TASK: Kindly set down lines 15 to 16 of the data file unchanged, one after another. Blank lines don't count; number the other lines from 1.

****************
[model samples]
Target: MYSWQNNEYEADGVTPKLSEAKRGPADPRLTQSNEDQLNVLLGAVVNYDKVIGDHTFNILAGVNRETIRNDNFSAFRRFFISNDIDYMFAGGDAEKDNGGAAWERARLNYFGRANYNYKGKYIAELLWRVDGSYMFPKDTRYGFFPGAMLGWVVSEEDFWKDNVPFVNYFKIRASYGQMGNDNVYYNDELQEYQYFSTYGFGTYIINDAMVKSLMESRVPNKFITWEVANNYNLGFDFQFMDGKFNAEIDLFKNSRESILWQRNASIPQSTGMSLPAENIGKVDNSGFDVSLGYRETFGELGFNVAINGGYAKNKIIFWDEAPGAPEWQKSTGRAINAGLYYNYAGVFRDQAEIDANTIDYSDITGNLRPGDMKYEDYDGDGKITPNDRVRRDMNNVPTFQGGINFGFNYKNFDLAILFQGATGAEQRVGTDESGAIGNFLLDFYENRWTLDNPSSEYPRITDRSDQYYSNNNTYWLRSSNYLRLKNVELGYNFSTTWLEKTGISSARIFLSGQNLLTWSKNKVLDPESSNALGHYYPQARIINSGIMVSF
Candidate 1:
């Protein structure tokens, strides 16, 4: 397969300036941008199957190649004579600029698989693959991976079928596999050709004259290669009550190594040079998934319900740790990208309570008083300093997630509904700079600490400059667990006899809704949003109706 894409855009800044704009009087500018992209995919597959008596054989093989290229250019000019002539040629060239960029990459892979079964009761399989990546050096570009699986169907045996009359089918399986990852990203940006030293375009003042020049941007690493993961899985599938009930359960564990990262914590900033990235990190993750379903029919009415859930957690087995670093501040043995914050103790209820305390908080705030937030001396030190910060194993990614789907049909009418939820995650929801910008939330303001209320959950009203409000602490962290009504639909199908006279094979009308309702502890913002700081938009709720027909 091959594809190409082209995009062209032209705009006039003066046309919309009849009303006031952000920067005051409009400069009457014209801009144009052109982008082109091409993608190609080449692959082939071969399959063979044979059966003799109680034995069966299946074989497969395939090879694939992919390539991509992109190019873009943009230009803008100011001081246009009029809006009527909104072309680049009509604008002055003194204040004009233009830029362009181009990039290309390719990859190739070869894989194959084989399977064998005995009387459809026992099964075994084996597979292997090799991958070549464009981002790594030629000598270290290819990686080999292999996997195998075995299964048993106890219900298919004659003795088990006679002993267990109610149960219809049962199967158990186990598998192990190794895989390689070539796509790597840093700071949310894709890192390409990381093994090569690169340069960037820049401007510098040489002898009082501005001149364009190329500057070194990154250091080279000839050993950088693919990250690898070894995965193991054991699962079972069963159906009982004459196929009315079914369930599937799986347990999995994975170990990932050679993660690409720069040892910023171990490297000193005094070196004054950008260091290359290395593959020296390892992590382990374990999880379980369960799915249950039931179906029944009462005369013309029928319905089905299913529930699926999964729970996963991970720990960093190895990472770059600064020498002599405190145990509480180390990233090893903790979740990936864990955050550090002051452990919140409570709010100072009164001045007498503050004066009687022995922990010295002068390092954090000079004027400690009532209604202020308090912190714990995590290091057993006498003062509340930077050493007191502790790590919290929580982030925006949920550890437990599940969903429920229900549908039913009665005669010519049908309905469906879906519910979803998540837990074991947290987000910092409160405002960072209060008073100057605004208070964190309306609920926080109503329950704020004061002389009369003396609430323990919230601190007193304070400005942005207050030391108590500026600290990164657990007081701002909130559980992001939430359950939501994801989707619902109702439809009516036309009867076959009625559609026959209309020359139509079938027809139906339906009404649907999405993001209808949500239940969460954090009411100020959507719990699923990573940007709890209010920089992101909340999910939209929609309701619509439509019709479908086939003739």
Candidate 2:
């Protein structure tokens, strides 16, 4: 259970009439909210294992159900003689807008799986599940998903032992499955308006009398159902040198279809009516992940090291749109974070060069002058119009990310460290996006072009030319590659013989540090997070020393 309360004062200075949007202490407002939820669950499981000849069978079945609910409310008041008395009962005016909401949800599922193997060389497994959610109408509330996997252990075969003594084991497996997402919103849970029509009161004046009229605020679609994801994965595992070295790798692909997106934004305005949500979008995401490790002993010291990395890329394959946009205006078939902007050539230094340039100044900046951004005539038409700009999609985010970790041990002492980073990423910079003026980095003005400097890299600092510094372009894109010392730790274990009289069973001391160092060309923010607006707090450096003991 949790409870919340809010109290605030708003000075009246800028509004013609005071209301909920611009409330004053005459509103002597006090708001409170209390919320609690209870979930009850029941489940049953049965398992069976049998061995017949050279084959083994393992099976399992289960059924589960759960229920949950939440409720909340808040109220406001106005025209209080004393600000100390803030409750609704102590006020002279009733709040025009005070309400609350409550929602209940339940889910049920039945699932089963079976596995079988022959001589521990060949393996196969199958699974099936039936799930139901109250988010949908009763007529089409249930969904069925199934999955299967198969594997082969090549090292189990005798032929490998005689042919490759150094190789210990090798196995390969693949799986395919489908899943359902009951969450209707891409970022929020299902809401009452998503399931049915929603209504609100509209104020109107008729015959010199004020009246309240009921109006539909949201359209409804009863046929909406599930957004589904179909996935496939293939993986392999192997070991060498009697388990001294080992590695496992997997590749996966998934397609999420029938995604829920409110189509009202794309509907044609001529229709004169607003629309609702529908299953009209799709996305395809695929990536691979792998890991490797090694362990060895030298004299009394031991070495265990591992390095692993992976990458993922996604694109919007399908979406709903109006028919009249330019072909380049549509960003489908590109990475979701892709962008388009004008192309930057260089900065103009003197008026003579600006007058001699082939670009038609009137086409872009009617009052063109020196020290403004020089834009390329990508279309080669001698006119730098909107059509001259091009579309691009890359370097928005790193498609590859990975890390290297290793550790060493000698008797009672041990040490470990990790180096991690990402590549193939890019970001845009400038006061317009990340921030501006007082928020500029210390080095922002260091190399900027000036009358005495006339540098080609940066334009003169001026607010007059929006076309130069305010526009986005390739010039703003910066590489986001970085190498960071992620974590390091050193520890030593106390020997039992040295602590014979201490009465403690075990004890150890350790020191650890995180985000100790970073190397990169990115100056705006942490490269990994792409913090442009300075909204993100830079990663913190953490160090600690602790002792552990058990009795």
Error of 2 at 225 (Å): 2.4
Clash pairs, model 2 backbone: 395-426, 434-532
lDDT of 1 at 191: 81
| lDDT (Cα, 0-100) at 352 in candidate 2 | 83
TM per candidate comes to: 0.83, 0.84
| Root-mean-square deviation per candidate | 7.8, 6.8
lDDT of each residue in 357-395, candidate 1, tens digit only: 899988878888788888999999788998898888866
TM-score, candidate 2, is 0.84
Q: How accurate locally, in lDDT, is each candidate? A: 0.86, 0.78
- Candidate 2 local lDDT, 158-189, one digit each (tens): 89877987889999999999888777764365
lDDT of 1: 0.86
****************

Q: How accurate locally, in lDDT, is each candidate? A: 0.86, 0.78
- Candidate 2 local lDDT, 158-189, one digit each (tens): 89877987889999999999888777764365